EU commissioner asks Germany to raise wages
30.04.13 @ 09:29
Berlin - EU social commissioner Laszlo Andor has asked Germany to raise its wages in order to boost consumption and help other countries in the eurozone to export more.
A shift from budget cuts and austerity towards economic stimulus is needed to help the southern euro-countries overcome the crisis, Andor told Sueddeutsche Zeitung in an interview published on Monday (29 April).
"Saving alone does not create growth. That requires additional investment and demand," he said.
Andor, a left-wing economist from Hungary, also pleaded for countries like Spain, Italy and France to be given more time to bring their deficit in line with EU rules. If not, he warned, all these countries will just pile on more debt.
He advocated a minimum wage in Germany - a demand also being made by the Socialist-Green opposition - explaining that it would help raise overall wages and boost consumption in the EU's largest economy.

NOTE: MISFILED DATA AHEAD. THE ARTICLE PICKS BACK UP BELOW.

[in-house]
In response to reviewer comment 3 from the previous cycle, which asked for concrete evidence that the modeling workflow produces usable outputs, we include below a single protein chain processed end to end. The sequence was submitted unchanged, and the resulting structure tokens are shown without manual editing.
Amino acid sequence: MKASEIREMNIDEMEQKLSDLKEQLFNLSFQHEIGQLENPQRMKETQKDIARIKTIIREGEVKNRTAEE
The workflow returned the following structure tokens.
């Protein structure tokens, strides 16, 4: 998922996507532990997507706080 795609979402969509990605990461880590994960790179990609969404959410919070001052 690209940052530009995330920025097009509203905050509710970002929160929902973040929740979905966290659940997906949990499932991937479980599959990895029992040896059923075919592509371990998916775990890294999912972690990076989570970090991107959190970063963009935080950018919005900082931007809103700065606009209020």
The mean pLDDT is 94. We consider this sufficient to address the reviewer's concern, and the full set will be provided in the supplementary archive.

"Belgium and France have been complaining about German wage dumping," Andor added.
If Germany continues to keep the wages low and have high export surpluses, the commissioner warned, "the currency union will drift apart. Cohesion is already half lost."
His remarks come after similar calls from the US government and the International Monetary Fund for Germany to do more boost internal consumption and help other eurozone countries with their exports.
EU commission chief Jose Manuel Barroso last week also warned about the "limits of austerity."
But he later emphasised the need for budget consolidation to continue.
For its part, the German government is claiming that it is already boosting internal consumption and that wages are increasing.
It says minimum wages have been introduced in a series of vulnerable sectors, such as construction and services.
Germany's central bank, the Bundesbank, warned in February against raising wages too quickly, as companies would fire people and invest less.
Dramatically increasing wages would only temporarily boost consumer demand, it argued, and in the long run, real incomes and consumer spending would actually decrease.